We spent a few days in Pagosa Springs, one of our favorite getaway spots in Colorado. Although there’s not much in the way of nightlife, we wouldn’t have much use for it anymore even if they did, seeing as how we have one-plus kids in tow.
The highlight of Pagosa is the hot springs, which include more than a dozen manmade pools, all fed by a mixture of river and natural hot spring water. The smell all around the place is pungent, like a giant fart really, but over time that stench has come to represent relaxation for us. We take the three-hour drive from Pagosa to Pueblo a few times a year, decompressing and getting ourselves ready for the certain rush of activity that faces us when we get back home.
My son, Mattias, has come to really enjoy the springs too, even though the mellow environment isn’t exactly complementary to his personality. Something about the zoned-out hippie vibe of the place, though, affects even him. This isn’t to say that he’s an easygoing kid or anything, but I like to think it’s a good exercise in relaxation for him too. I’m not so sure the other guests at the springs agree, but relatively speaking, he’s a pretty chill little guy there.
One of his favorite things to do is to talk to everyone. Whereas we find his endless stream of questions a little bit of a beat-down after a while, new acquaintances still find it charming. He has no qualms about going up to complete strangers and asking them about what toys they like most, where they go to school, and if they’re big enough to make it through the night without wetting the bed.
He’s also quite the ladies’ man, even when he’s not trying to be. It’s sadly ironic that one of the best chick-bait strategies on the planet is a little kid, which generally puts you out of the running to take advantage of their charms.
Amy took Mattias into the locker rooms to change one afternoon, when they came across two attractive young women from Europe, each in their trademark itty-bitty bikinis.
“Excuse me ladies,” Mattias walked up to them as they were changing, “can I spin your suits for you?” There’s a centrifuge-like device in the locker rooms that spin the water out of the swimsuits to make them easier to pack. I have to assume that, given his age and lack of sexual awareness, he was really just trying to be helpful, but lines like that to literally charm women out of their clothes don’t come along every day.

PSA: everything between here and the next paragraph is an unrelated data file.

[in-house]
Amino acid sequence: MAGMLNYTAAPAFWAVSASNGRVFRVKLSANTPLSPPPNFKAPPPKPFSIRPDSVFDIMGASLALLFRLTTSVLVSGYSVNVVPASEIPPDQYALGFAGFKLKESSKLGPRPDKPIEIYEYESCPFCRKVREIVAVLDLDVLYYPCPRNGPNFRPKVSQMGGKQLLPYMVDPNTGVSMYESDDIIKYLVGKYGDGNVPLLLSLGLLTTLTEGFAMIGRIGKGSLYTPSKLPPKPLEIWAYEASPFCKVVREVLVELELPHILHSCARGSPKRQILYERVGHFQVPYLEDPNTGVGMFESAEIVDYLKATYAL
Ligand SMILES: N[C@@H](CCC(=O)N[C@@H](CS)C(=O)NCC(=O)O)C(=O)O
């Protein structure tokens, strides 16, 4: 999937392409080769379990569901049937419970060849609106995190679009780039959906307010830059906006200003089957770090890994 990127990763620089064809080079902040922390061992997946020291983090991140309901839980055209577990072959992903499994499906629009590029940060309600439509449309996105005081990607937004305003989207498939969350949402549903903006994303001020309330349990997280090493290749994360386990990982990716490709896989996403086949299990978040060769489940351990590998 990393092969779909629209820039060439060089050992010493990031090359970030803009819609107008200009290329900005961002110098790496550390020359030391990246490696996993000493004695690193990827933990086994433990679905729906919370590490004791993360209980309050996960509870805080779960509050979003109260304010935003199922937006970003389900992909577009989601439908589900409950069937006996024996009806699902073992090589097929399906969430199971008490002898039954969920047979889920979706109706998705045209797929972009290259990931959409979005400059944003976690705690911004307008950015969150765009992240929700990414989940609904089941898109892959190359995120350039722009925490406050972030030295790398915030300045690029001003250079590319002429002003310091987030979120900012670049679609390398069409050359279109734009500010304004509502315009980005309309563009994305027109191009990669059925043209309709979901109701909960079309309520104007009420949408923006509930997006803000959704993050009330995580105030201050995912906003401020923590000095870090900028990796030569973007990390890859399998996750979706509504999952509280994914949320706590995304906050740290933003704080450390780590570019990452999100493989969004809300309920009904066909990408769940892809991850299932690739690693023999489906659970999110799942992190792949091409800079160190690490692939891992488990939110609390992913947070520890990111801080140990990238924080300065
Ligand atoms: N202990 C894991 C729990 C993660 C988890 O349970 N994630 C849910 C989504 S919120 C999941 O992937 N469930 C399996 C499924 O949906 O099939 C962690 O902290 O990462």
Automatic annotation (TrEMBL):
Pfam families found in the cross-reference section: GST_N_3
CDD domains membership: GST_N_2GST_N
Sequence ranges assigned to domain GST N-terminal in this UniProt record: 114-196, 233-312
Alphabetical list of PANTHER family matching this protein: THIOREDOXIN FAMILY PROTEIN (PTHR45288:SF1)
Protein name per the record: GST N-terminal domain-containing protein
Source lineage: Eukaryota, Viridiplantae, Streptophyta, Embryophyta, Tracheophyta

They smiled and respectfully declined his offer, but he persisted. “It’s not too loud,” he said. “I can do it for you later if you change your mind, or you can probably handle it if you want to do them yourself.”
How awesome is that? Moments like that make a dad so proud.
On the way back from Pagosa, we decided to take a detour toward Rye, in the mountains south of Pueblo, to check out a landmark that’s grown to mythic proportion these days, called Bishop Castle. I’d never seen it before, despite living an hour or so away, and Mark could hardly resist the temptation to show off something to me I’d never seen before. It definitely was worth the extra time to get there.
Jim Bishop began building this castle, out in the middle of nowhere on the eastern ridge of the Southern Colorado Rockies, about thirty-nine years ago. Every day, he hoists one flagstone on top of another and secures them together with mortar. Every day, he welds two more pieces of wrought iron together. As far as I know, he has no specific blueprints, and based on the structural integrity, he’s consulted with no engineers, but the product of his obsessive labor is one of the biggest structures ever created by a single pair of human hands.